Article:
First U.S. Hydroelectric Plant Opens at Niagara Falls Summary

  • Last updated on November 10, 2022

The electric power plant at Niagara Falls in upstate New York was a milestone in the development of the electric power industry. The first hydroelectric plant in the United States, it not only powered industry but also lit up and electrified urban areas and, later, small towns and rural areas. It eventually inspired the worldwide adoption of alternating current.

Summary of Event

In the 1880’s, Thomas Alva Edison was the undisputed master of electrical inventions. Called the Wizard of Menlo Park after the location of his New Jersey research and development laboratory, his inventions included motors, generators, and a lighting Lighting;electric system designed to run on direct current (DC). He had made major improvements in Samuel F. B. Morse’s telegraph and in Alexander Graham Bell’s telephone. Edison’s most famous innovations were the phonograph and the incandescent light bulb, and he eventually obtained more than one thousand patents. Niagara Falls;hydroelectric plant New York State;Niagara Falls Electricity;generation of Hydroelectricity Edison, Thomas Alva [p]Edison, Thomas Alva;and electrical generation[Electrical generation] Tesla, Nikola Westinghouse, George [kw]First U.S. Hydroelectric Plant Opens at Niagara Falls (Nov. 16, 1896) [kw]U.S. Hydroelectric Plant Opens at Niagara Falls, First (Nov. 16, 1896) [kw]Hydroelectric Plant Opens at Niagara Falls, First U.S. (Nov. 16, 1896) [kw]Plant Opens at Niagara Falls, First U.S. Hydroelectric (Nov. 16, 1896) [kw]Opens at Niagara Falls, First U.S. Hydroelectric Plant (Nov. 16, 1896) [kw]Niagara Falls, First U.S. Hydroelectric Plant Opens at (Nov. 16, 1896) [kw]Falls, First U.S. Hydroelectric Plant Opens at Niagara (Nov. 16, 1896) Niagara Falls;hydroelectric plant New York State;Niagara Falls Electricity;generation of Hydroelectricity Edison, Thomas Alva [p]Edison, Thomas Alva;and electrical generation[Electrical generation] Tesla, Nikola Westinghouse, George [g]United States;Nov. 16, 1896: First U.S. Hydroelectric Plant Opens at Niagara Falls[6190] [c]Engineering;Nov. 16, 1896: First U.S. Hydroelectric Plant Opens at Niagara Falls[6190] [c]Science and technology;Nov. 16, 1896: First U.S. Hydroelectric Plant Opens at Niagara Falls[6190] Westinghouse, George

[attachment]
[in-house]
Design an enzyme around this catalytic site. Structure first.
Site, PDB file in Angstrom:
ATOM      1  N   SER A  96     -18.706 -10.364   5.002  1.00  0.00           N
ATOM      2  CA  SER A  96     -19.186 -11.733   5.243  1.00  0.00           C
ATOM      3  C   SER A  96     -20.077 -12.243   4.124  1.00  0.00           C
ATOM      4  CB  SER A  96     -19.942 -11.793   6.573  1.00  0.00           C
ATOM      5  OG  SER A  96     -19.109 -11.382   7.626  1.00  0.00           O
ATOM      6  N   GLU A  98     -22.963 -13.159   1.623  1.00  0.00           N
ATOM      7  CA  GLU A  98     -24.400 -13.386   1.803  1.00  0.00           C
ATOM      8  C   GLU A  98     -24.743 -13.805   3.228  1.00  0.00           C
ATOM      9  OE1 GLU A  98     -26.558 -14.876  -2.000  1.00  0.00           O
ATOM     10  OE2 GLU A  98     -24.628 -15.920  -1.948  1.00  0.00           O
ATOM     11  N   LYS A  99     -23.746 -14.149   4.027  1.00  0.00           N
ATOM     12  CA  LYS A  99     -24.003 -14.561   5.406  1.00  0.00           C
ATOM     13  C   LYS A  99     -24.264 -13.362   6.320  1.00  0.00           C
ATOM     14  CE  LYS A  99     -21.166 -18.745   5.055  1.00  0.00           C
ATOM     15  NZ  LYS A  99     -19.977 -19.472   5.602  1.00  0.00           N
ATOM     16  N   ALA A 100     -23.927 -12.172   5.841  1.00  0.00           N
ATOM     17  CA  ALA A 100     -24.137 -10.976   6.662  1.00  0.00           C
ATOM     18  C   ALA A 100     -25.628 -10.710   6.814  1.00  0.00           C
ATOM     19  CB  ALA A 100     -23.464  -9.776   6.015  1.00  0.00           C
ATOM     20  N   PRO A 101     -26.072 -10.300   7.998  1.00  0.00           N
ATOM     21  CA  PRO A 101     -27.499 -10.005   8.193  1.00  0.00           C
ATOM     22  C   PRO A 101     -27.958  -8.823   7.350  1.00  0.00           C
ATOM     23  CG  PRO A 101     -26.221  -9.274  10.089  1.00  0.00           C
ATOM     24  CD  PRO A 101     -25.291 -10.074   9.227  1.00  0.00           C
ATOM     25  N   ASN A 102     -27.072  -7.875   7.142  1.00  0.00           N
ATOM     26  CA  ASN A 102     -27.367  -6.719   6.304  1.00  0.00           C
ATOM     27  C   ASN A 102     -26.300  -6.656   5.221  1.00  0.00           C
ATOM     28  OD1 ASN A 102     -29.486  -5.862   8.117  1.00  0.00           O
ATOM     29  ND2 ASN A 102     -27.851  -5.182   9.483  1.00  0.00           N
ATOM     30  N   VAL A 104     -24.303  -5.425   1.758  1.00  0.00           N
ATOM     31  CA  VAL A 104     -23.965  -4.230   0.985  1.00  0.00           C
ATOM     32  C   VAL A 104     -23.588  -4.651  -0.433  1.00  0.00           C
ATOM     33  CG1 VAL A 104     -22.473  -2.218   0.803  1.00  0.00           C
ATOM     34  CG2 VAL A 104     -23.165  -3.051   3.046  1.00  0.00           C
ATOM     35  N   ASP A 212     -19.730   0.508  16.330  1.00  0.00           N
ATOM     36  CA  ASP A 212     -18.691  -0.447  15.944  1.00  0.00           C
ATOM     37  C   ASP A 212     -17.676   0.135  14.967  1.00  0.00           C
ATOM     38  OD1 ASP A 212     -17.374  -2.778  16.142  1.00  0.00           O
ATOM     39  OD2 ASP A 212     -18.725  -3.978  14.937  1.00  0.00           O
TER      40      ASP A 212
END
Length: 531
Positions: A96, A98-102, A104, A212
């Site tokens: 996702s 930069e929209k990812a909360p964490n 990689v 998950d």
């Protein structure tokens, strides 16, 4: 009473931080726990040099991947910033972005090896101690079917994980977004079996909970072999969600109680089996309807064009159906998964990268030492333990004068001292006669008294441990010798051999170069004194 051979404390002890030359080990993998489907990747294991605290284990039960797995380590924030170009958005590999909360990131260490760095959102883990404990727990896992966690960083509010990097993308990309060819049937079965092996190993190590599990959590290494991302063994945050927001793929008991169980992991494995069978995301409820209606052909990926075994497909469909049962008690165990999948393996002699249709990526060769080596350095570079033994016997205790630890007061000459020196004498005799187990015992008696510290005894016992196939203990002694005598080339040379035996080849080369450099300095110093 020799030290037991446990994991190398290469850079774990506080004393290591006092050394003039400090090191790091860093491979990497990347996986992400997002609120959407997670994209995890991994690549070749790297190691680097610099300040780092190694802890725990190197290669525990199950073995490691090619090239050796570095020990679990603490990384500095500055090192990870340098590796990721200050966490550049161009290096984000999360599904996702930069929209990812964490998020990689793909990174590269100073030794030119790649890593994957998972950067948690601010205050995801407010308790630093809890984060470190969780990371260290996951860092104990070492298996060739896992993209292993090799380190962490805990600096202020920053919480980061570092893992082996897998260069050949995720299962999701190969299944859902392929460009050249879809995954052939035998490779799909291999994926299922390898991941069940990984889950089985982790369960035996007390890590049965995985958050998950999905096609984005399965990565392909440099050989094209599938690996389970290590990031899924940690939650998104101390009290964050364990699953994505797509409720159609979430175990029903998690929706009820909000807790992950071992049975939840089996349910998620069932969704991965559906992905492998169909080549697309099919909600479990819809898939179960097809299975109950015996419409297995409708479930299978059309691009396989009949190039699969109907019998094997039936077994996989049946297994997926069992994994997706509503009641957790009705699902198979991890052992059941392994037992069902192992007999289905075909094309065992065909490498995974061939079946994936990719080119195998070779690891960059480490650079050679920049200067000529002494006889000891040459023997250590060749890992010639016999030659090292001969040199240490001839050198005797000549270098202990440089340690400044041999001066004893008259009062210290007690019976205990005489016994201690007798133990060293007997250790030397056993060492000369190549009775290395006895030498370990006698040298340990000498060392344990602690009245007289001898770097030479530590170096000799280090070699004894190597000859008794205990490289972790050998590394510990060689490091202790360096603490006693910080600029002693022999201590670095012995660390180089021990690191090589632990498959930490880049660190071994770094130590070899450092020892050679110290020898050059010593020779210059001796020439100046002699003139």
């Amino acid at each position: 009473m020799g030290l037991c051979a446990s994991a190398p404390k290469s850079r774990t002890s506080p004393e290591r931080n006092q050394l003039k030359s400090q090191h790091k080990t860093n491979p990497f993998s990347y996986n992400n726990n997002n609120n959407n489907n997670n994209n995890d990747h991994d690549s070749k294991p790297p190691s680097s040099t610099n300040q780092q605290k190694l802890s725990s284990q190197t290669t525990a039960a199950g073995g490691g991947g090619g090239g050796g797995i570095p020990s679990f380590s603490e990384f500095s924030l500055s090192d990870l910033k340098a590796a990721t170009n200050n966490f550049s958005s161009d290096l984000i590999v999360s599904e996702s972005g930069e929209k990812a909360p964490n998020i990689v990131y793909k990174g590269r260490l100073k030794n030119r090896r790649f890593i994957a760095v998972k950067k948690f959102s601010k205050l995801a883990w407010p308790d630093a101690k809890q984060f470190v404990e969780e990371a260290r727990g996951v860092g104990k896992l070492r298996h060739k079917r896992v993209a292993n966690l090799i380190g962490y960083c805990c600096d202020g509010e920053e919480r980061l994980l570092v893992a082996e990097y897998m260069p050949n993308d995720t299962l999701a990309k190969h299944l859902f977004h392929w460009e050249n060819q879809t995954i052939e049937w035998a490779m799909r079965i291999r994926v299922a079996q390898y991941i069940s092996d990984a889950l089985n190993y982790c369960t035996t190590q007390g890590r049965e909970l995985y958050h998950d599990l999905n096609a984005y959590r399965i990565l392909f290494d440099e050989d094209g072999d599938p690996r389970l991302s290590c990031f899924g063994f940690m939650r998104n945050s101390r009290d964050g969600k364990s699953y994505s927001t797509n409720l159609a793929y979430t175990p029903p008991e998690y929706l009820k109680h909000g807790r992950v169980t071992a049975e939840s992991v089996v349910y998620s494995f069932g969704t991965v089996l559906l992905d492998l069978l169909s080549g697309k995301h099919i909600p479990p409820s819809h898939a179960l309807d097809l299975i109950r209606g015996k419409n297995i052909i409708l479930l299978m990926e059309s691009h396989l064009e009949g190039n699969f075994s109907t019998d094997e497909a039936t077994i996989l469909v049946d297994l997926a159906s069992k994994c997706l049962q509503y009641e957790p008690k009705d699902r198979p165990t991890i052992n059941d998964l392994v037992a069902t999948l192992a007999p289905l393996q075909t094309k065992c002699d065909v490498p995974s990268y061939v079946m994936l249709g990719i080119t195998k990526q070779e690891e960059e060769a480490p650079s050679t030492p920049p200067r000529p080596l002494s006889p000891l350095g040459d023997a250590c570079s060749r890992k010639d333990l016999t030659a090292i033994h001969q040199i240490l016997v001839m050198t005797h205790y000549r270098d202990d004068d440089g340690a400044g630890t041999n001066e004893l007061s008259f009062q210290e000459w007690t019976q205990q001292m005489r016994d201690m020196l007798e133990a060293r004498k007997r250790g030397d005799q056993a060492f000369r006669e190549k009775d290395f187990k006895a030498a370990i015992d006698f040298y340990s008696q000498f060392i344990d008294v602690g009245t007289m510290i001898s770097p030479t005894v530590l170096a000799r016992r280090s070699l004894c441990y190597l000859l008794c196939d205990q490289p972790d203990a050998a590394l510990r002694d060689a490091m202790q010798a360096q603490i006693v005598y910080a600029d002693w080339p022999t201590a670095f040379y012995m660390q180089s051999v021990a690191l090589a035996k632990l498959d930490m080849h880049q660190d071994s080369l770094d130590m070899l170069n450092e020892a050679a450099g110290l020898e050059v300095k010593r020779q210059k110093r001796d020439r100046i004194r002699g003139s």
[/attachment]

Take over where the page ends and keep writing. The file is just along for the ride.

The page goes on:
In 1888, a competing electrical system using alternating current (AC) was introduced by the Westinghouse Electric Corporation Westinghouse Electric Corporation . George Westinghouse had purchased the patents for AC motors and generators from a young Serbian immigrant, Nikola Tesla, who had arrived in the United States in 1884. Tesla was a high school student when he had seen his teacher demonstrate a DC electric motor. A large amount of sparking showed where the current entered the central coil of the motor as it made intermittent contact during each rotation. Following that demonstration, Tesla conceived the idea that alternating current, whose direction of flow would change in synchronism with the rotation of the armature, could eliminate the sparking. It remained an idea in his head until several years later when he built a working model and eventually obtained a U.S. patent.

Niagara Falls in 1913, viewed from the Canadian side of the border.

(Library of Congress)

Westinghouse was interested in Tesla’s AC motor because he was already in the business of manufacturing transformers. The transformer is a rather simple device with two coils of wire of different sizes wound around an iron core. It is used to increase or decrease an AC voltage. Westinghouse visualized an electric power distribution system in which transmission lines would carry electricity efficiently at a high voltage that could be stepped down by transformers to a safe level for users. He was enthusiastic about the advantages of AC, whereas Edison was committed to DC. Newspapers during the early 1890’s wrote about the “battle of the currents,” as the two industrialists competed for contracts.

In the 1880’s, the mining industry in Colorado was using steam engines Steam engines;and tunnels[Tunnels] for tunneling and rock crushing. If a mine was located above timberline, however, fuel for the engine had to be laboriously carried up by donkeys. Westinghouse made a proposal to mine owners for a cheaper system that would use electric motors. The electricity would be generated by a hydroelectric plant at a low elevation and brought up to the mine by high-voltage transmission lines. Transformers would convert the AC voltage down to a safe level for electric motors to drive the mining equipment. Westinghouse obtained a contract at Telluride, Colorado, where such an electrical system was installed in 1891. Technical problems had to be solved to erect wooden power poles in rocky ground and then to fasten bare copper cables to them with insulators that had to withstand 5,000 volts. Westinghouse lost money on this enterprise, but he demonstrated that an AC system could operate with reliability.

Edison scored a triumph for DC in 1892 when his company built the Pearl Street power plant in New York City. The plant used a steam engine Steam engines;and electrical generators[Electrical generators] to turn an electric generator from which insulated copper wires, buried underground, carried the current to subscribers in the nearby financial district. It worked well but had one major limitation: The area that could be electrified was restricted to less than one mile from the central station. Beyond that distance, there was too much loss of power from the large currents in the copper wires.

In 1892, Chicago World’s Fair (1893)[Chicago Worlds Fair (1893)] Chicago was preparing to be the host city for the Columbian Exposition, set to celebrate the four hundredth anniversary of Christopher Columbus’s voyages to the Americas. To bring in visitors, the exposition was to be lit up after dark by thousands of electric lights. Both Edison and Westinghouse bid on the contract to install and maintain the lighting Lighting;electric system. Westinghouse submitted the low bid for a generator and distribution system to light up more than 100,000 bulbs. The exposition and its display of electric lights were a great success, attracting more than fourteen million visitors.